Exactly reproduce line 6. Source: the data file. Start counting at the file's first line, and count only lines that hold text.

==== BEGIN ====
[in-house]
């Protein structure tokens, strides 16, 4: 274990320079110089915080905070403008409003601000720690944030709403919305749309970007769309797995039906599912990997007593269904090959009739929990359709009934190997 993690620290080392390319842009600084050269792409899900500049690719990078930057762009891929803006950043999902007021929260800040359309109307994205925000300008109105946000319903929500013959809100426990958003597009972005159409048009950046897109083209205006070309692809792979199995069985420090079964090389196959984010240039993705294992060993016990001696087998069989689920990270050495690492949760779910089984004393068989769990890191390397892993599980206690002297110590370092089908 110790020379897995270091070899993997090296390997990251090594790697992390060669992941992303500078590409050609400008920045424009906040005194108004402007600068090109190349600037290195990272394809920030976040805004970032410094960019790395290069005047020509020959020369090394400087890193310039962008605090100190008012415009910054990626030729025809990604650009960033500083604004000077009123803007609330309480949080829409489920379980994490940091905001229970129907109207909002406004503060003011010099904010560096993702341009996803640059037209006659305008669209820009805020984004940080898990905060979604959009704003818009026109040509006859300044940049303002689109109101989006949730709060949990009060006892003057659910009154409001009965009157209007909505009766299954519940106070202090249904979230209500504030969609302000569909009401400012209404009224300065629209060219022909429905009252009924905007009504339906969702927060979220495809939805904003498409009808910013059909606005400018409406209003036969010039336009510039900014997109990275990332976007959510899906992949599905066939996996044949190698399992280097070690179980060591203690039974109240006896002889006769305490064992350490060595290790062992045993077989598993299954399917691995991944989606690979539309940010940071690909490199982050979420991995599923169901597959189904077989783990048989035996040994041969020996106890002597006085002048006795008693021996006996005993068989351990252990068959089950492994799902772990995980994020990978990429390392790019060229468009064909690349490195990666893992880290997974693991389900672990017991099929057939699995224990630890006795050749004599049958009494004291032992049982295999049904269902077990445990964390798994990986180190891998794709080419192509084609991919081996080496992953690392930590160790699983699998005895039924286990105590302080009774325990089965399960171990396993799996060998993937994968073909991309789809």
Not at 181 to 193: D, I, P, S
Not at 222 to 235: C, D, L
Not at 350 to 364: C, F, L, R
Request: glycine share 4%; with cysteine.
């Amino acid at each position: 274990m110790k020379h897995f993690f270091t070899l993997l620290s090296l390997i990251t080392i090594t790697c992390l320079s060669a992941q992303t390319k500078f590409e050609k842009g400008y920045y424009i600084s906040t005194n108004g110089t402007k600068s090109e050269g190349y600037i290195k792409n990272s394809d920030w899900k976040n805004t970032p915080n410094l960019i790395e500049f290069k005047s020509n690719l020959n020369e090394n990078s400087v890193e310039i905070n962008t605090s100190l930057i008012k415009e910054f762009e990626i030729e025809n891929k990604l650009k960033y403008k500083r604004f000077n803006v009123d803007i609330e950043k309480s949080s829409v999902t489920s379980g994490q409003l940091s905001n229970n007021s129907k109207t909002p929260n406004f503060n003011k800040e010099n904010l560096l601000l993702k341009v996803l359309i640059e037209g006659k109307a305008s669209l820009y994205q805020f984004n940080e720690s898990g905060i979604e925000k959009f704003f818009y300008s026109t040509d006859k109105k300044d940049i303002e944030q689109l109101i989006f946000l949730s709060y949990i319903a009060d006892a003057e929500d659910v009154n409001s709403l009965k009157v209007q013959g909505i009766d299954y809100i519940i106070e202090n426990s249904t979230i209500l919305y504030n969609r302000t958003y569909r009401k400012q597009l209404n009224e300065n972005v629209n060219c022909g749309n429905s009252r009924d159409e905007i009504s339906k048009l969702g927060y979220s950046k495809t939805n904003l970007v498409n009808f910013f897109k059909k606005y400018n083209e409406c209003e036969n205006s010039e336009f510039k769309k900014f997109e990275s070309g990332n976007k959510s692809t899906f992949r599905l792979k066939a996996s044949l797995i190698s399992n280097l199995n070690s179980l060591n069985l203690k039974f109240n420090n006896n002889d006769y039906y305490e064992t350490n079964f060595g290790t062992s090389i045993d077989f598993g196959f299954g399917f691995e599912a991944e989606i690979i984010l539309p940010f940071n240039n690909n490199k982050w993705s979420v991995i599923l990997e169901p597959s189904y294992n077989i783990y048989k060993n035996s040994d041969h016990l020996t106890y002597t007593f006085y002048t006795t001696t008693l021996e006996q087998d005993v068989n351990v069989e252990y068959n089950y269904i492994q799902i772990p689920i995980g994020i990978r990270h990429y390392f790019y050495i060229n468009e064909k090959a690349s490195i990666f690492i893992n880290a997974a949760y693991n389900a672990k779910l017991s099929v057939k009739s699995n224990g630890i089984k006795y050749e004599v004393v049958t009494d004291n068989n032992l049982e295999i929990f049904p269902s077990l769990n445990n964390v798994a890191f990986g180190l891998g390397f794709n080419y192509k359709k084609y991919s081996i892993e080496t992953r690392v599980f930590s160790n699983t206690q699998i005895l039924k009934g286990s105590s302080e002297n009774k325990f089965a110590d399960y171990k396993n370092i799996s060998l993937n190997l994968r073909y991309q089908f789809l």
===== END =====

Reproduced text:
Request: glycine share 4%; with cysteine.